Expired credit card number leaked. Problem?
January 8, 2012 4:32 PM   Subscribe

How much should I worry about an expired credit card number being leaked in the Stratfor Lulzxmas event?

Back in 2008, I took advantage of a one week free trial on Stratfor which required me to sign up with my card. I never paid them any money and cancelled after the trial period.

Recently I got 3 spam emails that alerted me to the fact my details were probably leaked, so I delved into the world of AntiSec and found the list of names, cc numbers etc. As I suspected, there I am. My name, email address, expired credit card number, and my old address (slightly incorrect as it happens). There's also the md5 hash of my password, which won't resolve to anything on the various md5 lookup sites I've come across. I don't actually remember what it was, but I assume this would be a good excuse to change all my passwords to new things anyway.

What should I do in response to this? I've heard from other sources that sometimes expired cards can still be used on certain websites, is this accurate? I'm planning on talking to my bank tomorrow.

(Also, given that the AntiSec press release saying this, "Who really pays $39.95 a month for daily right-wing political spam and access to a shitty drupal site?" I feel that I should stress that I didn't pay them anything and, as an impoverished graduate student, was doing it to see how awful their 'intelligence' was inside the paywall. Turns out I should have just circumvented their security, damn.)
posted by anonymous to Computers & Internet (4 answers total)
 
My credit and debit cards tend to keep the same account number after the old card expired. The only difference is the 3 digit code on the back and the expiration date. And, back in the day, for subscriptions and the like, a biller could do a charge with an expired card automatically, but it was only when there was an existing subscription. But I don't think they do that anymore.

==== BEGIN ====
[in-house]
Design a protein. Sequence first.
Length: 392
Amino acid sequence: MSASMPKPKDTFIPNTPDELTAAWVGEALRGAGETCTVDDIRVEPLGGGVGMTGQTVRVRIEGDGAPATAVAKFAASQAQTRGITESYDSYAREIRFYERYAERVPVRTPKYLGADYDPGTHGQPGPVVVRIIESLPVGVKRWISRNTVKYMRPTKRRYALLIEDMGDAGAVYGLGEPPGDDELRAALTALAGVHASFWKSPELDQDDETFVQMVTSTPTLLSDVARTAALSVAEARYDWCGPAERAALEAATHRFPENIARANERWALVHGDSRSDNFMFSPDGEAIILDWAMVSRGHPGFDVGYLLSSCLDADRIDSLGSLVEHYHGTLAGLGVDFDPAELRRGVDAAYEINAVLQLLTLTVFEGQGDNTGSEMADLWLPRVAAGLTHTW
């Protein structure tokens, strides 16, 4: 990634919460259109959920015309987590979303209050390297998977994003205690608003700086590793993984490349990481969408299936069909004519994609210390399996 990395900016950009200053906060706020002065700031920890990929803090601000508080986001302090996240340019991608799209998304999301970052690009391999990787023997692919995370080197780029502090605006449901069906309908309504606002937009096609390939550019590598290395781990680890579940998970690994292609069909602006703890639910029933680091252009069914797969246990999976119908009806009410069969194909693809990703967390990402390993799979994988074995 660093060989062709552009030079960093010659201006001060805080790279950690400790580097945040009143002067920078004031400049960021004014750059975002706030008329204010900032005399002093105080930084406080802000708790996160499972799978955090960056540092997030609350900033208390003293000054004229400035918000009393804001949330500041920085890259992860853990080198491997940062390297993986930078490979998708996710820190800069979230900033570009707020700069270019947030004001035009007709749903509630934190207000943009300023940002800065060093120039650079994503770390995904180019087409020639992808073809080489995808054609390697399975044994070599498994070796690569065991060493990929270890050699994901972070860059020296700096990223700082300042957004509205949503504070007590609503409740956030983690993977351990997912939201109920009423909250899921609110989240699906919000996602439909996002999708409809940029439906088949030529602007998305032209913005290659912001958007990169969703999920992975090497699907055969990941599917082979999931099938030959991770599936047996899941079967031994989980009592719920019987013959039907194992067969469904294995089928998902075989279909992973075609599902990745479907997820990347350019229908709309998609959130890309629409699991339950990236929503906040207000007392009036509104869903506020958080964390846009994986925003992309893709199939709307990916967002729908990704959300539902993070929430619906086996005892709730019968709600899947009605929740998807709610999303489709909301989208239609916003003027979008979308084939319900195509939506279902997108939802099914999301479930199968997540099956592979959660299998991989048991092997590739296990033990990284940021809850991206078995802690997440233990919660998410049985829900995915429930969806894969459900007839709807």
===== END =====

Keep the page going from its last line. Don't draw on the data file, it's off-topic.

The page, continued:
You should call the number on the back of the card right now and ask to speak with the fraud or security department. They'll mail you a new card and account number. Once the card is cancelled, any autopay or other legit charges will not go through so make sure any auto pays are suspended or sent to another card until you get the new on in the mail.

Note: if you do nothing, the probability is still pretty low you'd ever have a charge. But why risk it?
posted by birdherder at 5:11 PM on January 8, 2012


My credit and debit cards tend to keep the same account number after the old card expired.

Mine don't, and I was just sent one a month ago. There are some similarities, but mine aren't the same number. I don't think there's much to worry about (but always check to be sure).
posted by rhizome at 5:41 PM on January 8, 2012


There was good advice in this thread.
posted by mlis at 5:50 PM on January 8, 2012


I wouldn't worry at all. In my experience, having a credit card stolen is nothing but a minor headache these days (you just have to reset all recurring payments on your card). The bank will call you if transactions on your credit card seem amiss, don't bother calling them.
posted by crazycanuck at 8:55 PM on January 8, 2012


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